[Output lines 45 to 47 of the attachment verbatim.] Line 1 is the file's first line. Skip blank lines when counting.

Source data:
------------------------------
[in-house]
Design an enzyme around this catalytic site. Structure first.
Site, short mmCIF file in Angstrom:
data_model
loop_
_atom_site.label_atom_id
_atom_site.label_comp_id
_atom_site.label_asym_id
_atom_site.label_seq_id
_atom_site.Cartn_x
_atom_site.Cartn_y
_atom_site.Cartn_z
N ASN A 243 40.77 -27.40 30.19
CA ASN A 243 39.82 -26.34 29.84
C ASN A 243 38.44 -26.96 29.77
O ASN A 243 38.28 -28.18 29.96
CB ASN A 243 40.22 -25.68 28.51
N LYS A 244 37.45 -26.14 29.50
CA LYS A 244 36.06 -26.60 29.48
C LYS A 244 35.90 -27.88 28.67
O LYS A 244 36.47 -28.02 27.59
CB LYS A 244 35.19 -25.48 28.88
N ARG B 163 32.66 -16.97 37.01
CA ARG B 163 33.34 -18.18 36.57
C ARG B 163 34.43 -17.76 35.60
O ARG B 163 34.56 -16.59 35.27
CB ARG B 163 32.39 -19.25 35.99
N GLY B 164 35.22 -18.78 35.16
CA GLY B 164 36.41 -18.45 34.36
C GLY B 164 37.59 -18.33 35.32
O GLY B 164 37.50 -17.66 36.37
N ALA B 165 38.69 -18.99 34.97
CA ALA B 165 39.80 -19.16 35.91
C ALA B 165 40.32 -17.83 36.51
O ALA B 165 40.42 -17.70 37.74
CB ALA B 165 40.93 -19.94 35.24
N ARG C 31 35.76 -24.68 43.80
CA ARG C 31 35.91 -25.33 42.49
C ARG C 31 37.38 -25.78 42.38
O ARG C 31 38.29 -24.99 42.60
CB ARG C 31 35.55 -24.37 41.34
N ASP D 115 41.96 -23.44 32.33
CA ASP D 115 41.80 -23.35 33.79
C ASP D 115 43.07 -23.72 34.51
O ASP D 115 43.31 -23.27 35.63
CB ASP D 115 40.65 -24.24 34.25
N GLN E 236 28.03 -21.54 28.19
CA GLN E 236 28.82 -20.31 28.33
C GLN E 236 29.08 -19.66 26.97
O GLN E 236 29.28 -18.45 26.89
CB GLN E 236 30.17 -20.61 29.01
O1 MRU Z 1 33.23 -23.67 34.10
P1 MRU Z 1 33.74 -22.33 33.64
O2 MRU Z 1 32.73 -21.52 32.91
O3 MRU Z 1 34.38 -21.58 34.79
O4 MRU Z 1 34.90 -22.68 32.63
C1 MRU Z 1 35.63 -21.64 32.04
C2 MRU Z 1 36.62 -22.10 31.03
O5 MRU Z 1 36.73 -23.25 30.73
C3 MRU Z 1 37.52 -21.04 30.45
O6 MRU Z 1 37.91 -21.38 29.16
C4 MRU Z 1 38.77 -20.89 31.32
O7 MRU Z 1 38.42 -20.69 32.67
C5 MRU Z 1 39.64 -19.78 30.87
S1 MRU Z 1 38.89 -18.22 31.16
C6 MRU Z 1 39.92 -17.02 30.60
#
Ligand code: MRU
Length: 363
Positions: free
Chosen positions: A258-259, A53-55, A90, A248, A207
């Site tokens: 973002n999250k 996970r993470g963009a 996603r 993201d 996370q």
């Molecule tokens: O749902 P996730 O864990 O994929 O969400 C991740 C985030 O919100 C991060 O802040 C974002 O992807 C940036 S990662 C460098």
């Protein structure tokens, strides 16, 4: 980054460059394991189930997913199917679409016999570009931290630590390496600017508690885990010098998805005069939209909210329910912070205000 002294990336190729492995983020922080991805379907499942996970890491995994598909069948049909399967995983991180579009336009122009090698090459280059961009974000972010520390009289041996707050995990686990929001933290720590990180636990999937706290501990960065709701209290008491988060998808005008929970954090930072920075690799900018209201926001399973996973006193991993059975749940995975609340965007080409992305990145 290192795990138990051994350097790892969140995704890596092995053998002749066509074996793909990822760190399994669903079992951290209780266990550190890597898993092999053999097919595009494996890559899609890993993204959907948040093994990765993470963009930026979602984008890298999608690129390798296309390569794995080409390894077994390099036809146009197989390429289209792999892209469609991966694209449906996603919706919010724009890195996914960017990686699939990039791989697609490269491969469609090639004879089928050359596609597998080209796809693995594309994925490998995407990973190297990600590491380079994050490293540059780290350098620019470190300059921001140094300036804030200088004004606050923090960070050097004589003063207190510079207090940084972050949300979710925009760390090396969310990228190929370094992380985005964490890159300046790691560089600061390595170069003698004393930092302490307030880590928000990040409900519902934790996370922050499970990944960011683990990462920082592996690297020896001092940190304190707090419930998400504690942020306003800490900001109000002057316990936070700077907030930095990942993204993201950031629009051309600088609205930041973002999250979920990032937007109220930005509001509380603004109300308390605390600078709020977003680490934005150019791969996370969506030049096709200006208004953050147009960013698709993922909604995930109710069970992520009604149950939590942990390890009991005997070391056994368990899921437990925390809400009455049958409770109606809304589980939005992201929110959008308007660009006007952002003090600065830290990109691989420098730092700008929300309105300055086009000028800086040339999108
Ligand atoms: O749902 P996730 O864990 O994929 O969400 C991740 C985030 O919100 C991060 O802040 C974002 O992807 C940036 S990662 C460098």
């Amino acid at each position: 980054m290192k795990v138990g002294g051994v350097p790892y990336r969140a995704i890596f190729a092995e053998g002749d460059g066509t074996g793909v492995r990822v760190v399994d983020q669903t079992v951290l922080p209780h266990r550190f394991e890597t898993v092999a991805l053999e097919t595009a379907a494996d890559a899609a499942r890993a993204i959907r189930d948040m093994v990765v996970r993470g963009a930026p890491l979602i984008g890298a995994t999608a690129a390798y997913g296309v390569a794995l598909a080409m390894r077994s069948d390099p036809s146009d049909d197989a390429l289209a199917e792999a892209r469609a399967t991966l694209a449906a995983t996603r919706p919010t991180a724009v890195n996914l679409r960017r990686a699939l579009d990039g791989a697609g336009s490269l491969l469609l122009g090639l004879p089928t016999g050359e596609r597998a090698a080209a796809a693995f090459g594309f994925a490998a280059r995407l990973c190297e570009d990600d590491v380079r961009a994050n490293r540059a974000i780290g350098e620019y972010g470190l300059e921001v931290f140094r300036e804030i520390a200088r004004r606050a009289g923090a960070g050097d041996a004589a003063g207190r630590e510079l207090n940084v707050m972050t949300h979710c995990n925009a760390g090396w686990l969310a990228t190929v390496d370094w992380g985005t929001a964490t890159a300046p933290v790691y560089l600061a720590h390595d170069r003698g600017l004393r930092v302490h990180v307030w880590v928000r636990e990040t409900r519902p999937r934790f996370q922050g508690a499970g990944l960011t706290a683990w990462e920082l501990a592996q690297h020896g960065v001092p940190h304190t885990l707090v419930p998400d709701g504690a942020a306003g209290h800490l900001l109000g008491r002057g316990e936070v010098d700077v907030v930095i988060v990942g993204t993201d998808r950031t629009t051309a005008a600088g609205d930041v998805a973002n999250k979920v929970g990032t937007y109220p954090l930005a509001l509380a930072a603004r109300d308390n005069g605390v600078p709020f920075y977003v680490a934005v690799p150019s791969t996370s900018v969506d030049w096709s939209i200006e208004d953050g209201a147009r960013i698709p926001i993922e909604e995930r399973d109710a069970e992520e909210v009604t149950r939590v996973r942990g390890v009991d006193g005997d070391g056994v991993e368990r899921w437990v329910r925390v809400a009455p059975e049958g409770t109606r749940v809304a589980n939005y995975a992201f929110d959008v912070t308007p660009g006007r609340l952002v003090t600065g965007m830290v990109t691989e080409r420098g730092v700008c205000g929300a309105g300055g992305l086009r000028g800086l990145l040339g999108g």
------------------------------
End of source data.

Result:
O ASP D 115 43.31 -23.27 35.63
CB ASP D 115 40.65 -24.24 34.25
N GLN E 236 28.03 -21.54 28.19